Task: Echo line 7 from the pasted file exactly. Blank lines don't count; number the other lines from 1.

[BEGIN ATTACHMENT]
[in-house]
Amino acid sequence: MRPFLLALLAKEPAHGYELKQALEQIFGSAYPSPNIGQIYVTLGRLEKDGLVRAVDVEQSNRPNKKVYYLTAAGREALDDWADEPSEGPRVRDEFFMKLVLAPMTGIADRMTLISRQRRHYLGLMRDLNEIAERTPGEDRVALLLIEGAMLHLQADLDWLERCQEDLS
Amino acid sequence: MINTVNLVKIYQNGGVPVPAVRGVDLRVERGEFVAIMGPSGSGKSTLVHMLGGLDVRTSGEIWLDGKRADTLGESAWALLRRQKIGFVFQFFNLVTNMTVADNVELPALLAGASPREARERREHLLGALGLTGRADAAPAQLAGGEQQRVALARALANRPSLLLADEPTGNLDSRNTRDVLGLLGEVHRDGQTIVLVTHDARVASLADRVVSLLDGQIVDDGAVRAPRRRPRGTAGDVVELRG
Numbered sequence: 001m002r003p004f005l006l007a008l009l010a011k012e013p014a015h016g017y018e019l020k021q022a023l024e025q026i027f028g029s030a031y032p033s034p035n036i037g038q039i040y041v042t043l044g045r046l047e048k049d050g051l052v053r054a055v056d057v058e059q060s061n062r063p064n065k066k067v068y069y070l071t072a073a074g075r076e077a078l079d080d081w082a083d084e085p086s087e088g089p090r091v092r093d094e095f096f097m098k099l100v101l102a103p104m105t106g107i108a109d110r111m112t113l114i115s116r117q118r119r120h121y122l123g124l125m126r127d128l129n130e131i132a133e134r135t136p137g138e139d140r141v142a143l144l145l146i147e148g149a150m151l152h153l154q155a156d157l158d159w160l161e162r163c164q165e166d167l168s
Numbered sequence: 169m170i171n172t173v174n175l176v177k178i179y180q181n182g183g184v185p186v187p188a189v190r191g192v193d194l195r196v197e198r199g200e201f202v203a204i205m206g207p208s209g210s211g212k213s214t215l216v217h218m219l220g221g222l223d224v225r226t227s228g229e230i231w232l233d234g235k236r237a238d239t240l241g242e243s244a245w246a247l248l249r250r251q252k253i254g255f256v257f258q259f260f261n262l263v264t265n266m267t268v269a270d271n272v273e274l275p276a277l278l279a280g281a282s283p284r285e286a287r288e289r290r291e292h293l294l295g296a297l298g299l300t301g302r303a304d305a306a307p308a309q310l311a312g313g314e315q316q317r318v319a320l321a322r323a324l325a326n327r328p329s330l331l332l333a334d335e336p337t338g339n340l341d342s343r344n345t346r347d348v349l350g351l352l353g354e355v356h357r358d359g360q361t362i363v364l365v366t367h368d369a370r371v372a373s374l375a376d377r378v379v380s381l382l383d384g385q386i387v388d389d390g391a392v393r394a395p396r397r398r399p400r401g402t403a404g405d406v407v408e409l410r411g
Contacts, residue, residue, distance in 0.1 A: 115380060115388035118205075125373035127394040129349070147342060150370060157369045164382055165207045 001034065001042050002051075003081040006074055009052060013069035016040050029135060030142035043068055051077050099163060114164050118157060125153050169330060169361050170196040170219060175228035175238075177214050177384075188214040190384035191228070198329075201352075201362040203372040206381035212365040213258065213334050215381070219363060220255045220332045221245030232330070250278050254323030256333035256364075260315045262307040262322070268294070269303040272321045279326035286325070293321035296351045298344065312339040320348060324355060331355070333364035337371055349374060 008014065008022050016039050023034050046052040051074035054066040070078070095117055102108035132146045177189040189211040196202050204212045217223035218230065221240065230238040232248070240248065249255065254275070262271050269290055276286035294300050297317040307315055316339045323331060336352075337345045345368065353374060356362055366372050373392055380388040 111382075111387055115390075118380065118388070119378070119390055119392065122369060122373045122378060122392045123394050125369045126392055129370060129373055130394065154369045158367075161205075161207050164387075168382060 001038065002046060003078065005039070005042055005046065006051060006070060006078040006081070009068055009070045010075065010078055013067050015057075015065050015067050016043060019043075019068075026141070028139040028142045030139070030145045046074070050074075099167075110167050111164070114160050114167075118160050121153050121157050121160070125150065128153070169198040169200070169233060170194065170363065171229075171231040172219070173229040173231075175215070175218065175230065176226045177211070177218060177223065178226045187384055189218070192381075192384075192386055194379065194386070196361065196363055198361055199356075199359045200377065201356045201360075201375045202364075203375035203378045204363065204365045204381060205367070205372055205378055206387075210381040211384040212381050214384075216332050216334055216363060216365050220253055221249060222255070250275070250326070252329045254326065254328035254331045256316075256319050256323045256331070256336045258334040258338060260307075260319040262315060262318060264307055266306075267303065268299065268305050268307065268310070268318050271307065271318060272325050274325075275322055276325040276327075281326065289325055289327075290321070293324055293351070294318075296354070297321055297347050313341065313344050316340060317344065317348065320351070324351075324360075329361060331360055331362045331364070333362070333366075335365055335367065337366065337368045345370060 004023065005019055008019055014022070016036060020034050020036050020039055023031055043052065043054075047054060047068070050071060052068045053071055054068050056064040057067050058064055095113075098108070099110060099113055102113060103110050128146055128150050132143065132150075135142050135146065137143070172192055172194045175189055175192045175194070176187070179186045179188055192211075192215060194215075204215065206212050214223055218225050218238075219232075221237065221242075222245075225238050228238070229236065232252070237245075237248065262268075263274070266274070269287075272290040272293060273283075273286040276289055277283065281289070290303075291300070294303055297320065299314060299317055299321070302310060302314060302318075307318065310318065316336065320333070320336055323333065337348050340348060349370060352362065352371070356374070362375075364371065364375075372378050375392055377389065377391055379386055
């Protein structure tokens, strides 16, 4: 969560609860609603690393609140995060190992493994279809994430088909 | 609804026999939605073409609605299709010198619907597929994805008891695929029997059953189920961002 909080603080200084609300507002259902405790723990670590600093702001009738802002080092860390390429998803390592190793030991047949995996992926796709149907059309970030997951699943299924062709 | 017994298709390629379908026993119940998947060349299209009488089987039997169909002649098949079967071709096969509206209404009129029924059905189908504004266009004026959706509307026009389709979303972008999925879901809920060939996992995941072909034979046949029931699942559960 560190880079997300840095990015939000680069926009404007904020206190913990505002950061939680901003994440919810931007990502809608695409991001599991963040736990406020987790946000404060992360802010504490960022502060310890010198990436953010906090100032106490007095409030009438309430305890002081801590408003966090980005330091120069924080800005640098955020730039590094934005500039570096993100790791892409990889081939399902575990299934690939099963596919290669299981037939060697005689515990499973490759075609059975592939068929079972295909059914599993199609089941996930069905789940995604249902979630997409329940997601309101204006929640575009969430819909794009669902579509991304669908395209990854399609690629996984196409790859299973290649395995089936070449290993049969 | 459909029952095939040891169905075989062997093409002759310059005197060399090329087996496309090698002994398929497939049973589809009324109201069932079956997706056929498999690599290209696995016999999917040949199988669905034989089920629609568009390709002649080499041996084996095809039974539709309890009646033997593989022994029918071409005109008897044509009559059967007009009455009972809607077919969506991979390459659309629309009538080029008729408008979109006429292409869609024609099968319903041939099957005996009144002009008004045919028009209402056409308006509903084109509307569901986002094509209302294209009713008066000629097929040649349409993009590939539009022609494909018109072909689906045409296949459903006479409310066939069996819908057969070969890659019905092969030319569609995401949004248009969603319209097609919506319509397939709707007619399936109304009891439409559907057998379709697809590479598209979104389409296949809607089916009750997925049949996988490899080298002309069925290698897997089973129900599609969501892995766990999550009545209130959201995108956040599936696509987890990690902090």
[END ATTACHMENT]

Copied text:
């Protein structure tokens, strides 16, 4: 969560609860609603690393609140995060190992493994279809994430088909 | 609804026999939605073409609605299709010198619907597929994805008891695929029997059953189920961002 909080603080200084609300507002259902405790723990670590600093702001009738802002080092860390390429998803390592190793030991047949995996992926796709149907059309970030997951699943299924062709 | 017994298709390629379908026993119940998947060349299209009488089987039997169909002649098949079967071709096969509206209404009129029924059905189908504004266009004026959706509307026009389709979303972008999925879901809920060939996992995941072909034979046949029931699942559960 560190880079997300840095990015939000680069926009404007904020206190913990505002950061939680901003994440919810931007990502809608695409991001599991963040736990406020987790946000404060992360802010504490960022502060310890010198990436953010906090100032106490007095409030009438309430305890002081801590408003966090980005330091120069924080800005640098955020730039590094934005500039570096993100790791892409990889081939399902575990299934690939099963596919290669299981037939060697005689515990499973490759075609059975592939068929079972295909059914599993199609089941996930069905789940995604249902979630997409329940997601309101204006929640575009969430819909794009669902579509991304669908395209990854399609690629996984196409790859299973290649395995089936070449290993049969 | 459909029952095939040891169905075989062997093409002759310059005197060399090329087996496309090698002994398929497939049973589809009324109201069932079956997706056929498999690599290209696995016999999917040949199988669905034989089920629609568009390709002649080499041996084996095809039974539709309890009646033997593989022994029918071409005109008897044509009559059967007009009455009972809607077919969506991979390459659309629309009538080029008729408008979109006429292409869609024609099968319903041939099957005996009144002009008004045919028009209402056409308006509903084109509307569901986002094509209302294209009713008066000629097929040649349409993009590939539009022609494909018109072909689906045409296949459903006479409310066939069996819908057969070969890659019905092969030319569609995401949004248009969603319209097609919506319509397939709707007619399936109304009891439409559907057998379709697809590479598209979104389409296949809607089916009750997925049949996988490899080298002309069925290698897997089973129900599609969501892995766990999550009545209130959201995108956040599936696509987890990690902090």